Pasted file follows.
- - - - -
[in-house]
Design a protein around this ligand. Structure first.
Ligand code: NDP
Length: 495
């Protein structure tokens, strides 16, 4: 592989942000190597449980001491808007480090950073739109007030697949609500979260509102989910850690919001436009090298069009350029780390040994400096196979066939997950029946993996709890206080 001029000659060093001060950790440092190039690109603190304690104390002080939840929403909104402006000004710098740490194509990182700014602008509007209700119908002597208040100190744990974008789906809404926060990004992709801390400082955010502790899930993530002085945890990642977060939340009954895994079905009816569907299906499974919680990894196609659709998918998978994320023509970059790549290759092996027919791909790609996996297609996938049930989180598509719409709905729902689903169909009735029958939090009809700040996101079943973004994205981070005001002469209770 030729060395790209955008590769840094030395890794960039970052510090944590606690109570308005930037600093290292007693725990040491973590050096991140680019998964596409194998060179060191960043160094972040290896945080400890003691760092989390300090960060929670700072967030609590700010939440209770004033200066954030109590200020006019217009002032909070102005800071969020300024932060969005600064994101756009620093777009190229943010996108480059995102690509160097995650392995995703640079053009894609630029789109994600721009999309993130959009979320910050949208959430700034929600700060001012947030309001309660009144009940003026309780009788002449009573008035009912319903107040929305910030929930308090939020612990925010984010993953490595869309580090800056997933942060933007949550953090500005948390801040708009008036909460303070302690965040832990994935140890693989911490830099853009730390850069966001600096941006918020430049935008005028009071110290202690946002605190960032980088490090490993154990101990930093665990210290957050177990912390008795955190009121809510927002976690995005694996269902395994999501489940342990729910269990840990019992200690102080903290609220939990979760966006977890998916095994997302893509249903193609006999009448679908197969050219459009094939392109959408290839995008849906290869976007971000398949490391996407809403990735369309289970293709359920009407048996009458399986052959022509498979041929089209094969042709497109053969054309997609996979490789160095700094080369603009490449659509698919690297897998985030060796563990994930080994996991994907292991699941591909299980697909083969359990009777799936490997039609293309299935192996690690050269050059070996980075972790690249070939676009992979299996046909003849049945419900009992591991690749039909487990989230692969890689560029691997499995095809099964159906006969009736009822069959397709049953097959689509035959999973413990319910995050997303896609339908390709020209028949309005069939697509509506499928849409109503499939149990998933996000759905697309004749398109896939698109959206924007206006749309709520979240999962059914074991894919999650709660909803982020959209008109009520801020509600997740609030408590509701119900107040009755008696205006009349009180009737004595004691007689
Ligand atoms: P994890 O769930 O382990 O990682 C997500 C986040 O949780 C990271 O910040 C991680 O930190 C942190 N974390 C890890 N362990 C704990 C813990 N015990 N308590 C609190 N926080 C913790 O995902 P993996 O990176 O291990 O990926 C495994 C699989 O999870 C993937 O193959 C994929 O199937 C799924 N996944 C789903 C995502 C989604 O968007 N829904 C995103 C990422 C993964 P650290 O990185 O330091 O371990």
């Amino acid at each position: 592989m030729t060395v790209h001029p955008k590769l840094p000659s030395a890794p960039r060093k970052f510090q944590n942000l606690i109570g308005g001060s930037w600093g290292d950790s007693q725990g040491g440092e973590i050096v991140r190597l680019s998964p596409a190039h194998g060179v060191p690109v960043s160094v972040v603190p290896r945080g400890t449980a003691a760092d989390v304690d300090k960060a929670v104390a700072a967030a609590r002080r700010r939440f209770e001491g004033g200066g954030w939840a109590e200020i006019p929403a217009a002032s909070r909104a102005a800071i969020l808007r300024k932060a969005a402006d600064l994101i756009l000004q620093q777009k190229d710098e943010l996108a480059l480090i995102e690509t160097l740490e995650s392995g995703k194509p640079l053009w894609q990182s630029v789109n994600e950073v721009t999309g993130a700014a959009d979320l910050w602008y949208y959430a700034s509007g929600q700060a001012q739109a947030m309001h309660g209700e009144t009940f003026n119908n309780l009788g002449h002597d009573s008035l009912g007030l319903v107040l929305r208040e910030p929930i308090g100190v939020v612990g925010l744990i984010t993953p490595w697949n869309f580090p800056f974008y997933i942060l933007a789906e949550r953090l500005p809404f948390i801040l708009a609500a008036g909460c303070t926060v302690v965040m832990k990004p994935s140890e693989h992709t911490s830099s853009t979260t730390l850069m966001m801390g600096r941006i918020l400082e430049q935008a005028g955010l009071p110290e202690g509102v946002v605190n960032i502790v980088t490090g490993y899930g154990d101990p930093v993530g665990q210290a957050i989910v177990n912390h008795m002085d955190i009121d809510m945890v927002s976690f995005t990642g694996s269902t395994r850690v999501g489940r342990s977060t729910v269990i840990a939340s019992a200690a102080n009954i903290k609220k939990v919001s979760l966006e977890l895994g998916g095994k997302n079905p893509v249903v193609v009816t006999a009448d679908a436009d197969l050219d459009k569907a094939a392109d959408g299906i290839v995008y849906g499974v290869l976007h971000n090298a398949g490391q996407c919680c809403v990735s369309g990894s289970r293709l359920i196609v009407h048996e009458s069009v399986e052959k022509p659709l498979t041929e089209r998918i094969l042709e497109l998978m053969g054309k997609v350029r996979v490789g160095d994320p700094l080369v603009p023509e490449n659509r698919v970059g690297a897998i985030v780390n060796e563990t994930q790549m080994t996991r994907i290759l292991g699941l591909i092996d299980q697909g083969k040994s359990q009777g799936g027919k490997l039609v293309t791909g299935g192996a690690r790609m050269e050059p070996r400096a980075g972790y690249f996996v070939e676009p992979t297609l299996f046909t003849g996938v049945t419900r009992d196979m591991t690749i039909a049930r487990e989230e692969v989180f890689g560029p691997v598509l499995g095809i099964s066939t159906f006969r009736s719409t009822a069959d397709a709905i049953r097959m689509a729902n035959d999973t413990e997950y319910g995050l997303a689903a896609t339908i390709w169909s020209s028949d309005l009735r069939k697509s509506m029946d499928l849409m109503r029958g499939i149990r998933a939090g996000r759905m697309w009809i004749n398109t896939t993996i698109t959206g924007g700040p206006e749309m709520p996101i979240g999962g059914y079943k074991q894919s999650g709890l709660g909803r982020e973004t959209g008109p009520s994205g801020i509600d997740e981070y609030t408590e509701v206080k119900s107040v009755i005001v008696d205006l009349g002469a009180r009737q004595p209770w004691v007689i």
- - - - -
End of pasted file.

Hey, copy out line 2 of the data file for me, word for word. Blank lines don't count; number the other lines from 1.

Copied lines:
Design a protein around this ligand. Structure first.